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The Dark Phoenix’s origin and powers stem from a legendary comic

What do we know about the newest X-Men movie?

Poster for Dark Phoenix 20th Century Fox
Susana Polo is an entertainment editor at Polygon, specializing in pop culture and genre fare, with a primary expertise in comic books. Previously, she founded The Mary Sue.

The next installment in 20th Century Fox’s X-Men franchise is Dark Phoenix, and it’s based on a story that rests comfortably among the greatest Marvel Comics ever made. It’s a book that mashes together everything the X-Men have become known for — high drama, psychic meddling, big fight scenes, weird aliens and major character deaths that were later reversed through convoluted means — into a single epic tale.

While the first big trailer for Dark Phoenix hints at the possibilities, here’s what you need to know about The Dark Phoenix Saga.

Jean Grey is the host of the Phoenix Force

In comics, the Phoenix Force first appeared when the X-Men returned from a space mission in a damaged craft. Jean sacrificed her life to pilot the ship to safety and save her teammates, even though doing so meant that she would be exposed to deadly levels of radiation.

But she didn’t die. Instead, the Phoenix Force manifested in her for the first time, endowing her with fantastic cosmic powers beyond her already best-in-class telepathic abilities. Also, it gave her a sweet new green and gold costume and a new codename, Phoenix.

But what is the Phoenix Force in the first place?

When Marvel Comics writers depict the beginnings of the Marvel Universe, the Phoenix is often there. When they depict the end of the Marvel Universe, the Phoenix is often there as well.

The Phoenix Force is a manifestation of the cosmic forces of life, creation and destruction that often appears as a massive (in the planetary sense) flaming bird of prey. It’s more powerful than many of the gods in the Marvel universe, and mercurial to boot, choosing mortal avatars in which to embody itself. The most famous of those avatars has been Jean Grey.

From Uncanny X-Men #135, Marvel Comics (1980).
From Uncanny X-Men #135.
Chris Claremont, John Byrne/Marvel Comics

The Dark Phoenix Saga

In 1980’s Dark Phoenix Saga, which ran in Chris Claremont and John Byrne’s Uncanny X-Men #129-138, the Phoenix gradually took full control of Jean Grey’s body and mind.

(At least, this is what Claremont and Byrne were intending to depict, later, this was retconned into something different so that the X-Factor series could have all five original X-Men in it, but you don’t really need to know about that part for this part.)

Reveling in its newly regained power, the Phoenix Force went on a blazing joyride across the galaxy and made a snack of a star, sending it into a supernova explosion that destroyed the planets around it — one of which was inhabited by a sentient species. The Phoenix had just committed genocide on a whim, and that caught the attention of an alien empire known as the Shi’ar.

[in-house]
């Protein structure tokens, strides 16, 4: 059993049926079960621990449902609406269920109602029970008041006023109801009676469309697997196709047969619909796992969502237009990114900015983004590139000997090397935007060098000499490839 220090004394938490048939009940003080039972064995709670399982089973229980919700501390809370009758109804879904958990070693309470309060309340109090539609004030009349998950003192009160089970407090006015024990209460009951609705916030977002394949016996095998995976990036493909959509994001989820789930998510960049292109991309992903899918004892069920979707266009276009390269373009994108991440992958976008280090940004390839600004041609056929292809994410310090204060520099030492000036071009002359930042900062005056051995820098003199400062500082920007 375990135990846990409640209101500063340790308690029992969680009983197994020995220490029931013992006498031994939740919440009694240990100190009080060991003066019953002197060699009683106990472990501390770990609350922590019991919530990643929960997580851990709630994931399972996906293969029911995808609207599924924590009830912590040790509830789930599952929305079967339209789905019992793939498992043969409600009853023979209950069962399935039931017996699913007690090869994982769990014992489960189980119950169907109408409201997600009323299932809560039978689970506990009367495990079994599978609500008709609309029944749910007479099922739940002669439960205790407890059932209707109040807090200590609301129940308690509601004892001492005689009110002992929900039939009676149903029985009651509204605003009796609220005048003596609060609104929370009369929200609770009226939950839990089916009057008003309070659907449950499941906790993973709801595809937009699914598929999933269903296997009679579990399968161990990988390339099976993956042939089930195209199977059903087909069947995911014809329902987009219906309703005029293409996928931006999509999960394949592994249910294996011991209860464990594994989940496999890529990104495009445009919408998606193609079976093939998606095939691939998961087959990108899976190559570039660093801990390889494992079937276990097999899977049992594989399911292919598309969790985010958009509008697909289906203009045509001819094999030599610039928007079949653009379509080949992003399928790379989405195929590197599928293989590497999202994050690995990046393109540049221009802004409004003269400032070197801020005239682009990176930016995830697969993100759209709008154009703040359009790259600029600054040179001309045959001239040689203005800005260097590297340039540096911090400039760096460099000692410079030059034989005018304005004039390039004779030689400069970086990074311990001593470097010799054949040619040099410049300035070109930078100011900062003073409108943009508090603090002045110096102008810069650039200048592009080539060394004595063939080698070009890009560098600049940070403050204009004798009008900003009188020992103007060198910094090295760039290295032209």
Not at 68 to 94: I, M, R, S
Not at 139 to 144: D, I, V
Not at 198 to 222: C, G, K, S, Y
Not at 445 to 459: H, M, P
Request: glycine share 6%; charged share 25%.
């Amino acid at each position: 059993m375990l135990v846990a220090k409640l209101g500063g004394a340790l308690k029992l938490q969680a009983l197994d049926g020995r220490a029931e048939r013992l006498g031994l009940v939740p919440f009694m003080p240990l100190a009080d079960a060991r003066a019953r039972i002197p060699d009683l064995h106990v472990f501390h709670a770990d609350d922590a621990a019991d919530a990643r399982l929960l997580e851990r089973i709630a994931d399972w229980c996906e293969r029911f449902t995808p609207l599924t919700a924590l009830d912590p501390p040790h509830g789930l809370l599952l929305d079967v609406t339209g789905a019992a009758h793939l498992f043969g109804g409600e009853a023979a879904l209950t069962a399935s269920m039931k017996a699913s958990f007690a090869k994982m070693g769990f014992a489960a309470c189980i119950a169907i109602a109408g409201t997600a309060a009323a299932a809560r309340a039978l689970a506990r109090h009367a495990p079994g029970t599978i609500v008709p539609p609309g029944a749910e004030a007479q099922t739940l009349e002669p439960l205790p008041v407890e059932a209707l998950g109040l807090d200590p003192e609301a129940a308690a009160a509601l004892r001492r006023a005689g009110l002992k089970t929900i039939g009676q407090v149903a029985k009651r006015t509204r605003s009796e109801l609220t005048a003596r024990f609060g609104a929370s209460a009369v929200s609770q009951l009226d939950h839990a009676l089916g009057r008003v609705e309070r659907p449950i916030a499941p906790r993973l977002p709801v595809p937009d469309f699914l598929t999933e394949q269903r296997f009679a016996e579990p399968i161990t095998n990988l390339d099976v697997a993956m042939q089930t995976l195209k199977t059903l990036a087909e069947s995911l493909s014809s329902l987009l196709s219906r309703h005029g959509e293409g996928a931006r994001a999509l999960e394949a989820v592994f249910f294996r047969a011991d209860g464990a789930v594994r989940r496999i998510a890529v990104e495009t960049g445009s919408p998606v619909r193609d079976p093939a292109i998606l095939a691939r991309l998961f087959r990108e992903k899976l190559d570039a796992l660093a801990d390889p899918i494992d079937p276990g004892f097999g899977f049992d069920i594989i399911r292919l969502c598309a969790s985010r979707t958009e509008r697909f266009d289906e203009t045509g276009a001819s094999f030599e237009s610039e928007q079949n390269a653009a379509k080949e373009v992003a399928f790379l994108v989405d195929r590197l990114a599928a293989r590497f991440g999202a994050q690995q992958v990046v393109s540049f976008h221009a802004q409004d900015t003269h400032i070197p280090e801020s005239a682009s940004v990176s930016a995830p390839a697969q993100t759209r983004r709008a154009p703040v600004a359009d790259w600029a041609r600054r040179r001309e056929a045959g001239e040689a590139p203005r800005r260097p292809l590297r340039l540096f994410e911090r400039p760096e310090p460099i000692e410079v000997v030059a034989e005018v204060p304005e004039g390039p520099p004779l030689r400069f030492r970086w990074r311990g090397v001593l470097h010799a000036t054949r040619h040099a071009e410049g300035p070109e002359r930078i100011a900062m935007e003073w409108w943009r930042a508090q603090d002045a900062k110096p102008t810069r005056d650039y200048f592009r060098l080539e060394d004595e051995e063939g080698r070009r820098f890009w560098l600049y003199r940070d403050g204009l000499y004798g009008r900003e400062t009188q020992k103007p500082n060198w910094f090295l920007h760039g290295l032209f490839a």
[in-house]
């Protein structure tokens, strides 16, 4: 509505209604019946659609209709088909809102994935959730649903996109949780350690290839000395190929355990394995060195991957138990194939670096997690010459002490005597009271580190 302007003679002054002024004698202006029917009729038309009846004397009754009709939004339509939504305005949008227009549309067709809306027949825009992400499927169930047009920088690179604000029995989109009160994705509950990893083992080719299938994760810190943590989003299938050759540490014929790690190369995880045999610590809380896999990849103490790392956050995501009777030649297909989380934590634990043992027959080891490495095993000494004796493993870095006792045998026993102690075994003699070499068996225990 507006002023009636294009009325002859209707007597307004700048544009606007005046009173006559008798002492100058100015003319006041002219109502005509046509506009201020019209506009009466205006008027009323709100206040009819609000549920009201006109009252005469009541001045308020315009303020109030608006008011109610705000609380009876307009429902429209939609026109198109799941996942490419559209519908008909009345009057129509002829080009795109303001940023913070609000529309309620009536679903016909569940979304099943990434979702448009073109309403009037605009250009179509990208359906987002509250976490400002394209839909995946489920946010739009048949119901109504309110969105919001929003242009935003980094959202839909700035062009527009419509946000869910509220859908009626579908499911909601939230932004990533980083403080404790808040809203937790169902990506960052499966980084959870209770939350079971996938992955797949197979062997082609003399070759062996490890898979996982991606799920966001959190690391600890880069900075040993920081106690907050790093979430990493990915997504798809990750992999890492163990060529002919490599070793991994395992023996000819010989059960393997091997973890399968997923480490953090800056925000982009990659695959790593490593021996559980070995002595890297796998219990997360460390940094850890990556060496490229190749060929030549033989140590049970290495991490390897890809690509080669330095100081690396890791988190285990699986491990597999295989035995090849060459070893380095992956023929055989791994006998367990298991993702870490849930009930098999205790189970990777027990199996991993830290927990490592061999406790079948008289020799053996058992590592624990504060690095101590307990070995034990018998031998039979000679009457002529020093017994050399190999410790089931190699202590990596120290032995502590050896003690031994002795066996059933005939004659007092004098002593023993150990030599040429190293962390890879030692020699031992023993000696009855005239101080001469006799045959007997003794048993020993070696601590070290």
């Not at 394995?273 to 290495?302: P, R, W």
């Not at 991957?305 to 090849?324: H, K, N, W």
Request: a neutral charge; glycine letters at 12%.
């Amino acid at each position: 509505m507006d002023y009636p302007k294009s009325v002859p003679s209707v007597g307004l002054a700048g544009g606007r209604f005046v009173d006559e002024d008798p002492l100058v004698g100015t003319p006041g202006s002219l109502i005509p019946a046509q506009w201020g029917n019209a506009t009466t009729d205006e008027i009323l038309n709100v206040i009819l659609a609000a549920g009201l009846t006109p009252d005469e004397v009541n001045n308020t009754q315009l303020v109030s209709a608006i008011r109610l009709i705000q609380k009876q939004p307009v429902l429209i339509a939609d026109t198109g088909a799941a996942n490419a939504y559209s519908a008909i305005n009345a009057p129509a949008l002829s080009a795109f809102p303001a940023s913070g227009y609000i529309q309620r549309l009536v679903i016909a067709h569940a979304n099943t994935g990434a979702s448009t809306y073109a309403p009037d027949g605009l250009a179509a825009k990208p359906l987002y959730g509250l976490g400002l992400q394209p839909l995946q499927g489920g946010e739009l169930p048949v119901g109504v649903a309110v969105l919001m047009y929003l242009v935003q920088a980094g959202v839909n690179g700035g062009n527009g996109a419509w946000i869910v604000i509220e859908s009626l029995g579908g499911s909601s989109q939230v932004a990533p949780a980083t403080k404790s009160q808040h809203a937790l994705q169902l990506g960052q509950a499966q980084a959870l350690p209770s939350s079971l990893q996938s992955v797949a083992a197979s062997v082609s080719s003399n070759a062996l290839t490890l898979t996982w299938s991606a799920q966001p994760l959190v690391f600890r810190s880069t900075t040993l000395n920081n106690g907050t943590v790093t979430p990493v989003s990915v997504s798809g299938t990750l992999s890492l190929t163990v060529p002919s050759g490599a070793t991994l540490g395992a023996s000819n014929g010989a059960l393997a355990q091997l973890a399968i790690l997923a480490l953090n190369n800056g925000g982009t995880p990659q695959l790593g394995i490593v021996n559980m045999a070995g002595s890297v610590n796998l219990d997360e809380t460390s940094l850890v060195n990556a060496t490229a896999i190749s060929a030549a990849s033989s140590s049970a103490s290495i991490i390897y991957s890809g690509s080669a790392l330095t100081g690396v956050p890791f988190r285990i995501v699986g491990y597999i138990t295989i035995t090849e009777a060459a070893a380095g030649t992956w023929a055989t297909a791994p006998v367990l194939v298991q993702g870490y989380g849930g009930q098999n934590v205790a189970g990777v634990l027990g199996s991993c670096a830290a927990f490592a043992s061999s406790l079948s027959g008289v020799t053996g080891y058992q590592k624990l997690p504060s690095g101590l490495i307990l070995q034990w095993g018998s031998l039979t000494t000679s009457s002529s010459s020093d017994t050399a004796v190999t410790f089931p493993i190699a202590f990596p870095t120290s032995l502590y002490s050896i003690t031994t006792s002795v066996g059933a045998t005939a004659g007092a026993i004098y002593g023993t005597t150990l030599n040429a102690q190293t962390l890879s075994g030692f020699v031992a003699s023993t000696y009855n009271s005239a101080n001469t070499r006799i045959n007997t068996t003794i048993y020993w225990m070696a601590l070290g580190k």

The Shi’ar kidnapped the X-Men with the intention of putting Jean and the Phoenix on trial. The X-Men, who had found a way to allow Jean to reassert her own personality over the Phoenix, were not inclined to sit back and let her be executed for something she’d done while under the influence of an all-powerful cosmic being.

So, in the grand tradition of adventure stories, they challenged the Shi’ar to traditional Shi’ar trial by combat. On the moon.

And it was there, on the moon, that The Dark Phoenix Saga reached its earth-shaking conclusion: Jean Grey sacrificed her own life in order to save the world and the X-Men by putting an end to the destructive cosmic force known as the Phoenix.

Jean Grey/Phoenix and Scott Summers/Cyclops in Uncanny X-Men #137, Marvel Comics (1980).
Jean and Scott Summers (Cyclops) in Uncanny X-Men #137.
Chris Claremont, John Byrne/Marvel Comics

We’re very accustomed to superhero deaths being rolled back these days — especially from a character known as ‘the Phoenix’ — but writer Claremont, who had brought the X-Men from an obscure team of also-rans to one of Marvel’s best-selling books, intended Jean’s death to be permanent.

I mean, it wasn’t, but intentions should count for something.

Haven’t I kind of seen this in an X-Men movie before?

X-Men: The Last Stand (the third X-Men movie, from 2006) incorporated many elements of the Dark Phoenix Saga, like Jean losing control of her powers, taking on a new costume and having to die in order for the world to be safe. What The Last Stand omitted was that Jean’s power had a cosmic origin at all, and, of course, all the stuff with space and aliens.

Dark Phoenix, on the other hand, is rumored to have kept some of that stuff in. Jessica Chastain is playing an unnamed character who might be some kind of alien, and according to Entertainment Weekly, the movie will kick off when Jean manifests cosmic powers during a risky space mission, just like in the comics.

We’ll all find out on Feb. 14, 2019, when Dark Phoenix hits theaters.

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